.
.

Editing Note:

A complete code for producing 10224 values of total precipitation and exporting them to Google Drive looks as follows.

var Elv = ee.Geometry.Polygon(
        [[[-110.85799164250078, 38.053804827042335],
          [-110.85799164250078, 37.92825803418136],
          [-110.66023773625078, 37.92825803418136],
          [-110.66023773625078, 38.053804827042335]]]);

// load in PRISM data and select dates 
var PRECIP = ee.ImageCollection("NASA/NLDAS/FORA0125_H002")   
                 .filterDate('2002-10-01','2003-12-01');

//print(PRECIP);

var getPrecipit = function(image) {
  
  var time = ee.Date(ee.Image(image).get('system:time_start')).format().slice(0, 10); 
  
  var value_precipt = ee.Image(image)
    .reduceRegion(ee.Reducer.first(), Elv)
    .get('total_precipitation');
  
  return [time, value_precipt];
  
};

var count = PRECIP.size();

print("Number of values", count);

var precipit_list = PRECIP.toList(count).map(getPrecipit);

//print(precipit_list);

var myFeatures = ee.FeatureCollection(precipit_list.map(function(el){
  el = ee.List(el); // cast every element of the list
  var geom = Elv;
  return ee.Feature(geom, {
    'date': ee.String(el.get(0)),
    'value':ee.Number(el.get(1))
  });
}));

//print(myFeatures);

// Export features, specifying corresponding names.
Export.table.toDrive(myFeatures,
"precipitation", //my task
"GEE_Folder", //my export folder
"precipit_values",  //file name
"CSV");

After running 2 minutes the corresponding task in Google Code Editor, I got the CSV file in my Google Drive. It can be downloaded to my PC and edited with a spreadsheet software as Excel.

6
  • Thanks so much for the response! The timestep is different here as I was using the chart output, sorry for that. What you posted makes a lot of sense. Can you clarify in "var time = ee.Date(ee.Image(image).get('system:time_start')).format().slice(0, 10); " what the slice is doing and what 0,10 represents?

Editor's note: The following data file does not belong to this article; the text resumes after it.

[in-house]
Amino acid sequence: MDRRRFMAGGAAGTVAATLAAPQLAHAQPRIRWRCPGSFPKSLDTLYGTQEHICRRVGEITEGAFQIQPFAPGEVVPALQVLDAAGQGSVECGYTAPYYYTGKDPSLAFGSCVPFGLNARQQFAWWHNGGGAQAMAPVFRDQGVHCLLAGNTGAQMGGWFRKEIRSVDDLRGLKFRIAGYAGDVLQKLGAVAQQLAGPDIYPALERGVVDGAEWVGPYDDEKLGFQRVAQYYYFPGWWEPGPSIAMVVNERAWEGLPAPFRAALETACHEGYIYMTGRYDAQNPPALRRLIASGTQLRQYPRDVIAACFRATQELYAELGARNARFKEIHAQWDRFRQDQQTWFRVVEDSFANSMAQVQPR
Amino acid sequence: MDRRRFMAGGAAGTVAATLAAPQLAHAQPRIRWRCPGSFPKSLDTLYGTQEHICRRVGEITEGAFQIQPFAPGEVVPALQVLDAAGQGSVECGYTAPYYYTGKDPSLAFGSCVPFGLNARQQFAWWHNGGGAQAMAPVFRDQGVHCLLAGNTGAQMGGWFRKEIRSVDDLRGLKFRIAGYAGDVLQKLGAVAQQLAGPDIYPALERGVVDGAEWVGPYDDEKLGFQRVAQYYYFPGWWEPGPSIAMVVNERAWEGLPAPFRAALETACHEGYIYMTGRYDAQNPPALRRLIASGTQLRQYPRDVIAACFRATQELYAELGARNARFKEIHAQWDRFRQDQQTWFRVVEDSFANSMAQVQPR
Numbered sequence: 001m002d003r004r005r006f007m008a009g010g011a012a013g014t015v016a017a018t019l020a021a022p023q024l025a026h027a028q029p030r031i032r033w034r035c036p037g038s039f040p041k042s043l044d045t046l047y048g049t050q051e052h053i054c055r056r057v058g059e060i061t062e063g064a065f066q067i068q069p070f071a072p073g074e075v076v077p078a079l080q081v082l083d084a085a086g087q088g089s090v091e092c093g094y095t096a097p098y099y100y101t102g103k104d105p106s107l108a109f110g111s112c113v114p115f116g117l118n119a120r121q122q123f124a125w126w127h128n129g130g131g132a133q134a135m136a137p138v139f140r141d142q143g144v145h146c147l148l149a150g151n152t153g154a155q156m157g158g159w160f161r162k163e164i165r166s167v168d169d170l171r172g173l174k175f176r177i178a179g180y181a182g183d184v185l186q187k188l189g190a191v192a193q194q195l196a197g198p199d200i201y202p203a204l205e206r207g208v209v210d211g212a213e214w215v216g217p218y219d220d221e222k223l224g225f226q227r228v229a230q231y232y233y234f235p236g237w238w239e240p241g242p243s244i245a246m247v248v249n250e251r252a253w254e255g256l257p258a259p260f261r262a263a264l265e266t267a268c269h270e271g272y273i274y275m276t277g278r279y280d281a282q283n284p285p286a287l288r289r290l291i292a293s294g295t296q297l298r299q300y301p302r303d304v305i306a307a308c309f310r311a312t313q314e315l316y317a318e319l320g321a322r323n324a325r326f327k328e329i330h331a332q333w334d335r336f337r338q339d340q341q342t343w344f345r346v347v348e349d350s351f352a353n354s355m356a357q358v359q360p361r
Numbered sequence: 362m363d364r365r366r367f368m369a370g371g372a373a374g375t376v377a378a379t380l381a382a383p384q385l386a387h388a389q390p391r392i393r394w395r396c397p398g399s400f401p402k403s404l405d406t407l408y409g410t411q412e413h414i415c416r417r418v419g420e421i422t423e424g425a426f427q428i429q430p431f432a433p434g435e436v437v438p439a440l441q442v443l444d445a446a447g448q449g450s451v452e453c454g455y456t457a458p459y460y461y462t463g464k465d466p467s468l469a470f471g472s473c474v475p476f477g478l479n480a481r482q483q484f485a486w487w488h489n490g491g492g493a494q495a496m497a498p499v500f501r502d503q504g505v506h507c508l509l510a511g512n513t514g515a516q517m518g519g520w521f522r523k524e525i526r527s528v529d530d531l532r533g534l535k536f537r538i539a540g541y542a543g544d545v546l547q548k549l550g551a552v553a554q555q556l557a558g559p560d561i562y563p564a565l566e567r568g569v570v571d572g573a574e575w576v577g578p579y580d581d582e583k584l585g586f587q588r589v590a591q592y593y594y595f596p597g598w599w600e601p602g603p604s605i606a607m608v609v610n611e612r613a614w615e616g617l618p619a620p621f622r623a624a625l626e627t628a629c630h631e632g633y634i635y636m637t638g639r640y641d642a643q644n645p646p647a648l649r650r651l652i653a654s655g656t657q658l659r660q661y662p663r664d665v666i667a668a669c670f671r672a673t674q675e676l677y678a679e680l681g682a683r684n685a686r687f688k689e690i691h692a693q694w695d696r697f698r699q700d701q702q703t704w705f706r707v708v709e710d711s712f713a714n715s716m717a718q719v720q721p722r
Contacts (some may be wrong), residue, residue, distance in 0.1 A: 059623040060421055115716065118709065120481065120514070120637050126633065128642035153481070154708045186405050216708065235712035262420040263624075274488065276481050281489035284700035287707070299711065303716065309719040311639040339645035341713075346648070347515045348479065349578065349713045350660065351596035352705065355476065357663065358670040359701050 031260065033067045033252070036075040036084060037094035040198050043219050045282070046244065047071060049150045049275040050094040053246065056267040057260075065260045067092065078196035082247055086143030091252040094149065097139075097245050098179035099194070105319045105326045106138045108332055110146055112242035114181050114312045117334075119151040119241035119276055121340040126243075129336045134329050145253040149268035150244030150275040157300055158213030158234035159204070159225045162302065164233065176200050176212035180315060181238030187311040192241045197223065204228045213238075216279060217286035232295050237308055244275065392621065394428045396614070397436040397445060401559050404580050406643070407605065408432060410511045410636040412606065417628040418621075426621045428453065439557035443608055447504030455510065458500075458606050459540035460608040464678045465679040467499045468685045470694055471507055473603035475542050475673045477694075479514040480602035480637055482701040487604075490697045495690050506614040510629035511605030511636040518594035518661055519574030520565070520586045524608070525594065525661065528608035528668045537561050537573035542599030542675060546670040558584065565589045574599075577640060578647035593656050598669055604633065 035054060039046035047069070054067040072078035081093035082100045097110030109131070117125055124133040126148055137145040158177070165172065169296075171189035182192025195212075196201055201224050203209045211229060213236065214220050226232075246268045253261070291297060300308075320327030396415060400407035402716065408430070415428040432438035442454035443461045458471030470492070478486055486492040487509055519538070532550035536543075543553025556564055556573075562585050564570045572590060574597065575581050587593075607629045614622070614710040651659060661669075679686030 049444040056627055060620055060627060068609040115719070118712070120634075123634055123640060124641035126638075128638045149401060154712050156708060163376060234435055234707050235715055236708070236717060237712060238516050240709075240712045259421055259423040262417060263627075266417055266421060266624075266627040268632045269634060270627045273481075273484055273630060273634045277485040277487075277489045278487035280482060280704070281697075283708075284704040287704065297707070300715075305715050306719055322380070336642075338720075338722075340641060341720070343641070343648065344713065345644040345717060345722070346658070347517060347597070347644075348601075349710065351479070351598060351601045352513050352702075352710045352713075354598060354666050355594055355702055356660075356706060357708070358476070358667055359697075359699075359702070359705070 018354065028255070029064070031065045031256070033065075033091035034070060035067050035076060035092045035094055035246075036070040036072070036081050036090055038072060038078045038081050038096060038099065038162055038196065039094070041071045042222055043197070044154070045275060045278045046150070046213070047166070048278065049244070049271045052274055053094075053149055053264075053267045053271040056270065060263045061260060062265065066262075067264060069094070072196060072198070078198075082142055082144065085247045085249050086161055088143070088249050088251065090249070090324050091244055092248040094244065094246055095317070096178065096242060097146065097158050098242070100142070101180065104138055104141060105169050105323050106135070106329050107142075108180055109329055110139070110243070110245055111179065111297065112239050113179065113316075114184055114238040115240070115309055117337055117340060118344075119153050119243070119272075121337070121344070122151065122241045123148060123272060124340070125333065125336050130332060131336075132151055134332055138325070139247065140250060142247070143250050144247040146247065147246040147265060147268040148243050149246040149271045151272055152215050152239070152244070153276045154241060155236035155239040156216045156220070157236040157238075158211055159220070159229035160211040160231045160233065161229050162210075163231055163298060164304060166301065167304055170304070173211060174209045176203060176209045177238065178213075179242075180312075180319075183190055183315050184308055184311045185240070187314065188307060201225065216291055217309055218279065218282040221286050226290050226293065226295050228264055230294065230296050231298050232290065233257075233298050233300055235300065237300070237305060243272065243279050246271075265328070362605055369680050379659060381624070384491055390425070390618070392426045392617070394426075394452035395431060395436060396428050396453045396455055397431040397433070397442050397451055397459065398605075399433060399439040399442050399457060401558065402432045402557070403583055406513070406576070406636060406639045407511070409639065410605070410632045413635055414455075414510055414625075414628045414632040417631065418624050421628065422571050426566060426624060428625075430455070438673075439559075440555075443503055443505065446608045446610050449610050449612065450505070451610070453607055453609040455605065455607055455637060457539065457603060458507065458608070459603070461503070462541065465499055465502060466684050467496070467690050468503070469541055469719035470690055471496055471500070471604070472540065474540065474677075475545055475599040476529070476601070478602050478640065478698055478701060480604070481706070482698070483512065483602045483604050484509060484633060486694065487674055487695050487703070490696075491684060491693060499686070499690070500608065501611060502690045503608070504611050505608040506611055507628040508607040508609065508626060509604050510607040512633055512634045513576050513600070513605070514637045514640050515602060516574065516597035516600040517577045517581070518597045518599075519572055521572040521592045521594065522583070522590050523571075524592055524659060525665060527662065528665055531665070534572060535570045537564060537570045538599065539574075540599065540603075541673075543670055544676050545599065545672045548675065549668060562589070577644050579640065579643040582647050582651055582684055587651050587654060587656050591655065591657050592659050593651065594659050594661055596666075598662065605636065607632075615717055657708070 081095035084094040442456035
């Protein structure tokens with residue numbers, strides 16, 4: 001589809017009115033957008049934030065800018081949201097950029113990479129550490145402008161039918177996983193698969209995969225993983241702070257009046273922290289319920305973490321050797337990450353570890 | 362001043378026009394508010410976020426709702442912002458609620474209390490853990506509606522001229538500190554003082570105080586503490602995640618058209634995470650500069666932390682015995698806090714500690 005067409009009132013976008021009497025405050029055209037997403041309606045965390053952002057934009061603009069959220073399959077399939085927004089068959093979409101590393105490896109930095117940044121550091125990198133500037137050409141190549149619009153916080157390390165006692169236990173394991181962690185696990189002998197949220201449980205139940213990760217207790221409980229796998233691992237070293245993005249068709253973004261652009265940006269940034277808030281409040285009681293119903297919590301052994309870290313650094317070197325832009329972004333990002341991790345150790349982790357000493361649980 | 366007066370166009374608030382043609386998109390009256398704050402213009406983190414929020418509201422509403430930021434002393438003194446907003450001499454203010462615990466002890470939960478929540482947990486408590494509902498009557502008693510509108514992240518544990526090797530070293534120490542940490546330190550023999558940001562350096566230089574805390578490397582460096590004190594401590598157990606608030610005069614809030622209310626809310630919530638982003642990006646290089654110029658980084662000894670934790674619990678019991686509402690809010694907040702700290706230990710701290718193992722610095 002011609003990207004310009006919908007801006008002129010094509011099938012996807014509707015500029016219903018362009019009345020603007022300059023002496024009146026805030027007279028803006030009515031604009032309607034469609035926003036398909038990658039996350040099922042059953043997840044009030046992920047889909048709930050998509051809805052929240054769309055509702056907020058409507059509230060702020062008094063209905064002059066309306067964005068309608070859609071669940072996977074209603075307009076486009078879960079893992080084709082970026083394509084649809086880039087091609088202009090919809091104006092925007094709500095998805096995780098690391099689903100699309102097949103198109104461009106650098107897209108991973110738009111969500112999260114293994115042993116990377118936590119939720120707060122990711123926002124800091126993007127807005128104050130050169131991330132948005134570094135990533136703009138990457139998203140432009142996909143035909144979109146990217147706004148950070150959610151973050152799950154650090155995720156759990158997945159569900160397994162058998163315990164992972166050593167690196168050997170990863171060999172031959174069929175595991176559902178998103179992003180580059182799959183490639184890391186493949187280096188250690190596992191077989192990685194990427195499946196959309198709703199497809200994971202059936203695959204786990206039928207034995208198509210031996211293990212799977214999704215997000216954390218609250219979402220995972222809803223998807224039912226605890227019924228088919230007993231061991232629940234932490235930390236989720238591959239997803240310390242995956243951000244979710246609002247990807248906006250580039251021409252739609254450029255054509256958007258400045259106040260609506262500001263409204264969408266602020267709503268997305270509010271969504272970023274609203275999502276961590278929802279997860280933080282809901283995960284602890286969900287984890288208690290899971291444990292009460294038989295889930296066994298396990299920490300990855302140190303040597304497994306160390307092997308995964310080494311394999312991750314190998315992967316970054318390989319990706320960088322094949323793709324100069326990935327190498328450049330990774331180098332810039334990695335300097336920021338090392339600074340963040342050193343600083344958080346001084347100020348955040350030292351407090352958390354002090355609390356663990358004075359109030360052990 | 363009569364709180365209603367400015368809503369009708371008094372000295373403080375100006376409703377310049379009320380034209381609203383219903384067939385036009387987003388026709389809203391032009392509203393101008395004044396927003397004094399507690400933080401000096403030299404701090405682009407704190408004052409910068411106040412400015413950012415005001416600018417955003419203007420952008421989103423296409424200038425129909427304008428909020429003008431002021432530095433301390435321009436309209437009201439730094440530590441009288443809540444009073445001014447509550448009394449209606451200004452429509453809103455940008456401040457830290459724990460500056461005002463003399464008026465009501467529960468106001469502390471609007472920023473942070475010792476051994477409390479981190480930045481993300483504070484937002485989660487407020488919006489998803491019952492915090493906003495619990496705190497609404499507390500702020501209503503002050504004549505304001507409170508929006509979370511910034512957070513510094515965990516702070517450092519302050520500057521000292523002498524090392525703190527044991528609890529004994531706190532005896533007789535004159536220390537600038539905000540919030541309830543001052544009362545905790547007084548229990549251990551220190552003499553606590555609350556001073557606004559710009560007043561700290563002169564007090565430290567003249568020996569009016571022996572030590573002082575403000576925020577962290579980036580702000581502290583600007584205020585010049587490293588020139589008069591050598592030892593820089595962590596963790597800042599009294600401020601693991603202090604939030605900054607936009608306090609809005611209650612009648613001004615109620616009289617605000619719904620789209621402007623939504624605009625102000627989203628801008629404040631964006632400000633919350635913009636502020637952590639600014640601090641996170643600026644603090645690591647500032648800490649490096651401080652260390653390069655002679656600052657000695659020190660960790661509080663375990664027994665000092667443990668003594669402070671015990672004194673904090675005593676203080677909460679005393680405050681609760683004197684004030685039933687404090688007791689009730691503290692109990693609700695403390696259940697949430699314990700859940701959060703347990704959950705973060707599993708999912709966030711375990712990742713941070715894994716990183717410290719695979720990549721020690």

– JKurzweil
    Feb 23, 2021 at 21:33
  • It also seems that this code runs into the same issue of exceeding the 5000 elements. Is there a way to overcome this?
    – JKurzweil
    Feb 23, 2021 at 21:36
  • It is not the code. It is the approach. This code was only a demonstration. If you want to extract, for instance 80,000 values, you cannot print them in console. You need to export them as CSV to Google Drive.
    – xunilk
    Feb 23, 2021 at 23:46
  • After your comments, I understood completely your request. I edited my answer where you can get a code for processing 10224 values of precipitation and export them to Google Drive. In this case, it is not printed in console the Image Collection or the precipit_list for avoiding execution errors. I hope this help.
    – xunilk
    Feb 24, 2021 at 0:42
  • Sorry for the delay, it does seem to not run into any execution errors, but instead of a value field it just gives a column of the coordinates.
    – JKurzweil
    Mar 4, 2021 at 18:14